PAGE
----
Italian jewellery exports increase in value terms – VICENZAORO Winter 2013


Italian jewellery exports increase in value terms – VICENZAORO Winter 2013

VICENZA, Italy, January 20, 2013 – Italian jewellery exports increased by 8.1 percent in value terms year-on-year in January to September 2012, with strong growth reported in the Chinese market, but in volume terms exports fell by 8.7 percent, according to the latest figures released at VICENZAORO Winter 2013.
Italy is one of the world’s leading exporters of manufactured gold jewellery, and is highly regarded around the world for its design skills.

Vicenza is a prominent centre for the Italian goldsmithing industry and is the home of VICENZAORO, one of the world’s leading gold jewellery trade fairs, which takes places three times a year, in January, May and September.

In value terms, in the first nine months of 2012, Switzerland was the no. 1 export destination for Italian jewellery, accounting for 21.9 percent of the total, followed by the United Arab Emirates (17.3 percent of the total), and the United States (8.8 percent), according to data compiled by the Vicenza branch of Verona university, using official ISTAT figures.

The Chinese market showed year-on-year growth of 19 percent as a destination for Italian jewellery exports, and now ranks fifth in value terms, or 5.1 percent of the total. China is one of the world’s top gold consumers, neck-and-neck with India.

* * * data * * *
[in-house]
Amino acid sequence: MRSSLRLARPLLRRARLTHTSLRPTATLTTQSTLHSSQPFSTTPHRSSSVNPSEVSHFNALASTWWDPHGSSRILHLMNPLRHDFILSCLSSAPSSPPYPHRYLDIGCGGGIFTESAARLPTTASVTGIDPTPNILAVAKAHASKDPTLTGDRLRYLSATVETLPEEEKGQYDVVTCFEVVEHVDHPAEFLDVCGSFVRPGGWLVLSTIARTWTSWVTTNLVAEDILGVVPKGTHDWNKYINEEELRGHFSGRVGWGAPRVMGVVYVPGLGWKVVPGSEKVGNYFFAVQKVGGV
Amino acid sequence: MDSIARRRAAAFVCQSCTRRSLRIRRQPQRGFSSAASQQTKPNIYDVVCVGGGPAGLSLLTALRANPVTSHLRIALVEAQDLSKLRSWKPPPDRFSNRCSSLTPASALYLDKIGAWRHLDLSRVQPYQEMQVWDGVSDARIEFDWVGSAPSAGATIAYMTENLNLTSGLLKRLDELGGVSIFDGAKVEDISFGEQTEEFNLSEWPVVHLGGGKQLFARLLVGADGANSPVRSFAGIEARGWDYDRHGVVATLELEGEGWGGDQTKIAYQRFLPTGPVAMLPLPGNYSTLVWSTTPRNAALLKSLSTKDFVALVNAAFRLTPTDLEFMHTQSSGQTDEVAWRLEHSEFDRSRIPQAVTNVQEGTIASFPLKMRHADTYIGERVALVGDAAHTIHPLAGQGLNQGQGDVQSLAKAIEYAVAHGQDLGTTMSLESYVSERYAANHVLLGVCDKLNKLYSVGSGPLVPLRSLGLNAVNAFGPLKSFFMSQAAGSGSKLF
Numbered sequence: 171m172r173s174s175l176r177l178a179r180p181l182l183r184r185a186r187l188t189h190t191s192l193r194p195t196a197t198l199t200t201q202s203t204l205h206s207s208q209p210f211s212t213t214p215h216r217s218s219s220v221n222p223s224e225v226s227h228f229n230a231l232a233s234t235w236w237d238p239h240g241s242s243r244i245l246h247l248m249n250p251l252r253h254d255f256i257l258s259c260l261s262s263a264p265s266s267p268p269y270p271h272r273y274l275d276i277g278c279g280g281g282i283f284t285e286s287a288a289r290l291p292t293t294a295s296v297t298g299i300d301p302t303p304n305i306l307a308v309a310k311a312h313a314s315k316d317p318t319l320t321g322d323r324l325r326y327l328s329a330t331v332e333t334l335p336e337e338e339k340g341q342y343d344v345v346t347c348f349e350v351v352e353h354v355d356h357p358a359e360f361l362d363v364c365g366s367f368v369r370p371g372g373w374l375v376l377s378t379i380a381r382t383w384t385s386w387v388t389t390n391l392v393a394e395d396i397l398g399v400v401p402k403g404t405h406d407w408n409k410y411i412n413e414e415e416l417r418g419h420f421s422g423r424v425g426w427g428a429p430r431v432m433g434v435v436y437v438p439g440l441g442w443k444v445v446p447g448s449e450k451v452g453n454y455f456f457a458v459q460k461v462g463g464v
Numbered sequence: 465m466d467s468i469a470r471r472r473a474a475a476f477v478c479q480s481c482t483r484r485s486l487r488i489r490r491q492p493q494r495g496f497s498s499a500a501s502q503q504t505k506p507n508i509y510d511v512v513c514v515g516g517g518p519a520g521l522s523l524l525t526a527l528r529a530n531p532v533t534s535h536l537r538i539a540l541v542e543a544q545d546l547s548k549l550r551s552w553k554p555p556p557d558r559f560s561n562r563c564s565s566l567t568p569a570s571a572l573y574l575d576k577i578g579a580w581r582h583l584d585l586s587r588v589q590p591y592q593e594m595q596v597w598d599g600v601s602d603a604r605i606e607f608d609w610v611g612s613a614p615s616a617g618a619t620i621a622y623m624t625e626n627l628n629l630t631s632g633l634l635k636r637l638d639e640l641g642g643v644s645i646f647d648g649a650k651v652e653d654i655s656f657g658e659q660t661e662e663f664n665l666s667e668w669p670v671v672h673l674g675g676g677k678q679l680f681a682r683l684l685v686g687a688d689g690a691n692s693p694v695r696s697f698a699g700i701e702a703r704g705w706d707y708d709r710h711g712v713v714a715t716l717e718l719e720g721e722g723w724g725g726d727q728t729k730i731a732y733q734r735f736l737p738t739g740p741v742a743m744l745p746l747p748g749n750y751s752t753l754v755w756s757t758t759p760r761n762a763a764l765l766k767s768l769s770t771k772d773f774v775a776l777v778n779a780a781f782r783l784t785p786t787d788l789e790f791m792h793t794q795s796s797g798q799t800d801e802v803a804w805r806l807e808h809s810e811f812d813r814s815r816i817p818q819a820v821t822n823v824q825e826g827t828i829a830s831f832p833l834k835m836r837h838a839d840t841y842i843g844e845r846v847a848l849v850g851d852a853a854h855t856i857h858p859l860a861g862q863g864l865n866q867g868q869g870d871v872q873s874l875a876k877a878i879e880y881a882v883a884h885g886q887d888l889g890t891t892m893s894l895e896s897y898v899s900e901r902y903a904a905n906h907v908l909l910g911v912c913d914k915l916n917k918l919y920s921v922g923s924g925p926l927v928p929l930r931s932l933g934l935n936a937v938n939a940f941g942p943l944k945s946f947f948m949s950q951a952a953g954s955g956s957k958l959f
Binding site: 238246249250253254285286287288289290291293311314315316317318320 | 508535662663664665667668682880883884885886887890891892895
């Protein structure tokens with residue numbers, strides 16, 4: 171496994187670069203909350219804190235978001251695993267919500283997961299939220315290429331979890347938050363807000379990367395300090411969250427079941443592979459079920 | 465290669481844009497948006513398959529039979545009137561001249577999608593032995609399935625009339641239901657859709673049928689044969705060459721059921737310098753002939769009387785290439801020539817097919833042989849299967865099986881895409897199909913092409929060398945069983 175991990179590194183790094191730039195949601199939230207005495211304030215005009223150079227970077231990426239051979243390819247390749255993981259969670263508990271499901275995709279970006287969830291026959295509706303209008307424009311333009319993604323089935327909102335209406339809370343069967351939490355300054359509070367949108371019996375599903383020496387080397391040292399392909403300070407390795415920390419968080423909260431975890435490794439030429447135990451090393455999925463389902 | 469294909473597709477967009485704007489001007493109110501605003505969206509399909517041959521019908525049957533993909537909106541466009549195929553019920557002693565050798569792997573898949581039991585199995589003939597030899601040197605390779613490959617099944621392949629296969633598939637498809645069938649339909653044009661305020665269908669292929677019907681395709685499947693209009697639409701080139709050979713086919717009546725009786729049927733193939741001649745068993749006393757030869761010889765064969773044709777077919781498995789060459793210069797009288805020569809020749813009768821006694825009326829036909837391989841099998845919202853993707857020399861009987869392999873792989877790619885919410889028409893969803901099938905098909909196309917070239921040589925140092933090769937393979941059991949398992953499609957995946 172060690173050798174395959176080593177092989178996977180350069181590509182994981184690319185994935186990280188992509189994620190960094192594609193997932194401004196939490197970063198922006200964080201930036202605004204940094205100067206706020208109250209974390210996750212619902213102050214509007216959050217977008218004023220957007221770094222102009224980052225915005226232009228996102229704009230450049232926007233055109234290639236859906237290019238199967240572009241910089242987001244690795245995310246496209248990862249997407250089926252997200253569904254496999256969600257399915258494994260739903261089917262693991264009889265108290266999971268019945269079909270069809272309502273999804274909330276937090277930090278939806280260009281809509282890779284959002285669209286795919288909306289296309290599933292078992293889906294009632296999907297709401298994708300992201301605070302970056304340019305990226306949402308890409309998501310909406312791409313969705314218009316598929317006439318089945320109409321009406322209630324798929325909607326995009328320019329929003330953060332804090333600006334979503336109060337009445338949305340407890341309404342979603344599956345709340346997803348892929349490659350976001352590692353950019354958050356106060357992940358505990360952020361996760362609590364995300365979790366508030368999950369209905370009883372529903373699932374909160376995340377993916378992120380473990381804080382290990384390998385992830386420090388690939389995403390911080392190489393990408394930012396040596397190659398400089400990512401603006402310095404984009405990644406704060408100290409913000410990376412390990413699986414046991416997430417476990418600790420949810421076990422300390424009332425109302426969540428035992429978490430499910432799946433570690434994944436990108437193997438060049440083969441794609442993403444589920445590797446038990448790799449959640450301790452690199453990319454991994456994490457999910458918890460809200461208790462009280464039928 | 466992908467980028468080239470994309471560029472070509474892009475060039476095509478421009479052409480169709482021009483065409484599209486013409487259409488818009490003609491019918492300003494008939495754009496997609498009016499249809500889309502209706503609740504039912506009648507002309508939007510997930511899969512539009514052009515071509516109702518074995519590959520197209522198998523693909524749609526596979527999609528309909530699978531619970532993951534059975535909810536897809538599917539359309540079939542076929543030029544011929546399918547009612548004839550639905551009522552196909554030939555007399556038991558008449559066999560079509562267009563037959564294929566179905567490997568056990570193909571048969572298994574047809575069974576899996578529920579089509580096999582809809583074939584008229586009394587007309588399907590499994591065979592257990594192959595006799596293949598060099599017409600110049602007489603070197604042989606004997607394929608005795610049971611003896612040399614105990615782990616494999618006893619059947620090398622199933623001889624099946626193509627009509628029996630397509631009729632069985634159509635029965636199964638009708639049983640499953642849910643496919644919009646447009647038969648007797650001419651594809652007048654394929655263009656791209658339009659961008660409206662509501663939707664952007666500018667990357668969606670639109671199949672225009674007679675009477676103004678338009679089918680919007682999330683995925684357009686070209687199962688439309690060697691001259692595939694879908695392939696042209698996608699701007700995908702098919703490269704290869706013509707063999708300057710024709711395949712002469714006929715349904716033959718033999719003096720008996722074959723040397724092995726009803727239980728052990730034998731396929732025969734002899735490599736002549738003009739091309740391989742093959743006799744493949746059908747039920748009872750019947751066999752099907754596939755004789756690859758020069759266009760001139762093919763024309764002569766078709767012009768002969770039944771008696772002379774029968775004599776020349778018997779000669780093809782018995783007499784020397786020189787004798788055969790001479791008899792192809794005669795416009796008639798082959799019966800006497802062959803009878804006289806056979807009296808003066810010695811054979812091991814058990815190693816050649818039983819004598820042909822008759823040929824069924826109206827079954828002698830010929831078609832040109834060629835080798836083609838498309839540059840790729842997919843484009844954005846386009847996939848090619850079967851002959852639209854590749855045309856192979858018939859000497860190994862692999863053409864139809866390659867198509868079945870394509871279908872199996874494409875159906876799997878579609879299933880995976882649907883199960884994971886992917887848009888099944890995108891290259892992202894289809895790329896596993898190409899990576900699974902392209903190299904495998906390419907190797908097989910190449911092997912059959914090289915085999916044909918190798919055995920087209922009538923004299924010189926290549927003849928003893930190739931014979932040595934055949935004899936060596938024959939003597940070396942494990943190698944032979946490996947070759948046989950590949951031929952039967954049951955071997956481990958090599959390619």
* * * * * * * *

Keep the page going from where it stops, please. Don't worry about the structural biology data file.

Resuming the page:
In a panel discussion on the opening day of the Winter 2013 edition of the VICENZAORO fair, senior jewellers spoke of the importance of looking to the future as they adapt strategies in the present to face up to the challenges of a rapidly changing global jewellery market.

Italian jewellers need to work harder to market the prestige of “Made in Italy” designs in order to capitalise on the strong image of Italian creativity around the world, panellists said.

Roberto Coin, whose jewellery has been distributed widely in the U.S. and other foreign markets, said, “It is in the Italian DNA to create all the time.”
Roberto Ditri, President of Vicenza Fair, said the Italian industry did not fully appreciate the extent of its potential to showcase “Made in Italy” to a receptive global market.
“The Made in Italy brand is the strongest one – and the Italians are not very good at promoting it,” he said.

Hank Siegel, president of Hamilton Jewelers in the United States, said that “Made in Italy” designs were greatly valued in the United States.
“The American consumer appreciates great design,” Siegel said.
Luxury jeweller Stephen Webster, known as jeweller to the rock stars, said the successful marketing of jewellery hinged on clearly defining one’s brand, and periodically re-assessing its key messages to the consumer.

“We were like the rock stars of the jewellery business,” London-based Webster said.
“But what does rock star mean? Does it mean a short life, or cheap?  It can be amazing, but it can be a problem.
“We have to change the language and the meaning: what else are we? We’re craftsmen. We’re jewellers.”

Webster said that he had progressed as a jeweller by testing the boundaries of design to the limit.
“It was breaking the rules that put me on the map,” said Webster, whose jewellery has been worn by singers Christina Aguilera and Madonna.